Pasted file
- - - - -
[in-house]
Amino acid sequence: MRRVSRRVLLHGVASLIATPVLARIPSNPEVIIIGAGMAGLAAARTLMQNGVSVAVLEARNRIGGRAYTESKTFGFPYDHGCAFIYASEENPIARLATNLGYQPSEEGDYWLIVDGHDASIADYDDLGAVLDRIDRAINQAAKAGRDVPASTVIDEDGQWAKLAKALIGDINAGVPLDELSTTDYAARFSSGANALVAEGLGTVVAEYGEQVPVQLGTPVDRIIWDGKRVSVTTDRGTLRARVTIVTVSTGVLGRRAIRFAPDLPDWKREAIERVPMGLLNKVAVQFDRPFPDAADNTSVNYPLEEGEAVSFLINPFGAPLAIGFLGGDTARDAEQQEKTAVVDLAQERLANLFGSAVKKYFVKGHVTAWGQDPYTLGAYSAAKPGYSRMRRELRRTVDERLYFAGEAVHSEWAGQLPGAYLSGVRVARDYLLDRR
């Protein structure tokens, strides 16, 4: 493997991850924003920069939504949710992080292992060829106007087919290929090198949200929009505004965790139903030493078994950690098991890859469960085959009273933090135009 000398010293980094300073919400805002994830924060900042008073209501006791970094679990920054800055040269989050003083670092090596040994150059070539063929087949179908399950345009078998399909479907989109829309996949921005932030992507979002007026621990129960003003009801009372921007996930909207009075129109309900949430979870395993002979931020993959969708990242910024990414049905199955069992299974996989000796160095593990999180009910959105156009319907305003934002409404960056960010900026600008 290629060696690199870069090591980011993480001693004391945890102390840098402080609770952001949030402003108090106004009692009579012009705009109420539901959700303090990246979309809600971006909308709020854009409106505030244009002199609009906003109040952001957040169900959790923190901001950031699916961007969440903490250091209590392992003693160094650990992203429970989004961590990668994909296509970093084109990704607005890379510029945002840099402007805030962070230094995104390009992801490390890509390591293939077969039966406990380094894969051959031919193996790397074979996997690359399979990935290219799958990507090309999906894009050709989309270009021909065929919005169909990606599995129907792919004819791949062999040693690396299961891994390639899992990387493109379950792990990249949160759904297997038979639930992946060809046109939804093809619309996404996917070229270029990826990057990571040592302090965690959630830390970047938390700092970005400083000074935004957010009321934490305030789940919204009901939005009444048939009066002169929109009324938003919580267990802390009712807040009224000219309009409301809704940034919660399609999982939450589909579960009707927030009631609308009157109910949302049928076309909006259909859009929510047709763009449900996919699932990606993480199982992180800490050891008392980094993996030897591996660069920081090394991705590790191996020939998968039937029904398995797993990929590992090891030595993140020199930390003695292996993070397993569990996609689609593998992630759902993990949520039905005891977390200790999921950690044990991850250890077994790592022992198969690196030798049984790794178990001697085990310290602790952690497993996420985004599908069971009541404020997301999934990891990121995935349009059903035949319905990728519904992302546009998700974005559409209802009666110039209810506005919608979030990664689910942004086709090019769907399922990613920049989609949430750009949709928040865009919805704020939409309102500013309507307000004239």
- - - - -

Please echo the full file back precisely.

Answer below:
[in-house]
Amino acid sequence: MRRVSRRVLLHGVASLIATPVLARIPSNPEVIIIGAGMAGLAAARTLMQNGVSVAVLEARNRIGGRAYTESKTFGFPYDHGCAFIYASEENPIARLATNLGYQPSEEGDYWLIVDGHDASIADYDDLGAVLDRIDRAINQAAKAGRDVPASTVIDEDGQWAKLAKALIGDINAGVPLDELSTTDYAARFSSGANALVAEGLGTVVAEYGEQVPVQLGTPVDRIIWDGKRVSVTTDRGTLRARVTIVTVSTGVLGRRAIRFAPDLPDWKREAIERVPMGLLNKVAVQFDRPFPDAADNTSVNYPLEEGEAVSFLINPFGAPLAIGFLGGDTARDAEQQEKTAVVDLAQERLANLFGSAVKKYFVKGHVTAWGQDPYTLGAYSAAKPGYSRMRRELRRTVDERLYFAGEAVHSEWAGQLPGAYLSGVRVARDYLLDRR
């Protein structure tokens, strides 16, 4: 493997991850924003920069939504949710992080292992060829106007087919290929090198949200929009505004965790139903030493078994950690098991890859469960085959009273933090135009 000398010293980094300073919400805002994830924060900042008073209501006791970094679990920054800055040269989050003083670092090596040994150059070539063929087949179908399950345009078998399909479907989109829309996949921005932030992507979002007026621990129960003003009801009372921007996930909207009075129109309900949430979870395993002979931020993959969708990242910024990414049905199955069992299974996989000796160095593990999180009910959105156009319907305003934002409404960056960010900026600008 290629060696690199870069090591980011993480001693004391945890102390840098402080609770952001949030402003108090106004009692009579012009705009109420539901959700303090990246979309809600971006909308709020854009409106505030244009002199609009906003109040952001957040169900959790923190901001950031699916961007969440903490250091209590392992003693160094650990992203429970989004961590990668994909296509970093084109990704607005890379510029945002840099402007805030962070230094995104390009992801490390890509390591293939077969039966406990380094894969051959031919193996790397074979996997690359399979990935290219799958990507090309999906894009050709989309270009021909065929919005169909990606599995129907792919004819791949062999040693690396299961891994390639899992990387493109379950792990990249949160759904297997038979639930992946060809046109939804093809619309996404996917070229270029990826990057990571040592302090965690959630830390970047938390700092970005400083000074935004957010009321934490305030789940919204009901939005009444048939009066002169929109009324938003919580267990802390009712807040009224000219309009409301809704940034919660399609999982939450589909579960009707927030009631609308009157109910949302049928076309909006259909859009929510047709763009449900996919699932990606993480199982992180800490050891008392980094993996030897591996660069920081090394991705590790191996020939998968039937029904398995797993990929590992090891030595993140020199930390003695292996993070397993569990996609689609593998992630759902993990949520039905005891977390200790999921950690044990991850250890077994790592022992198969690196030798049984790794178990001697085990310290602790952690497993996420985004599908069971009541404020997301999934990891990121995935349009059903035949319905990728519904992302546009998700974005559409209802009666110039209810506005919608979030990664689910942004086709090019769907399922990613920049989609949430750009949709928040865009919805704020939409309102500013309507307000004239």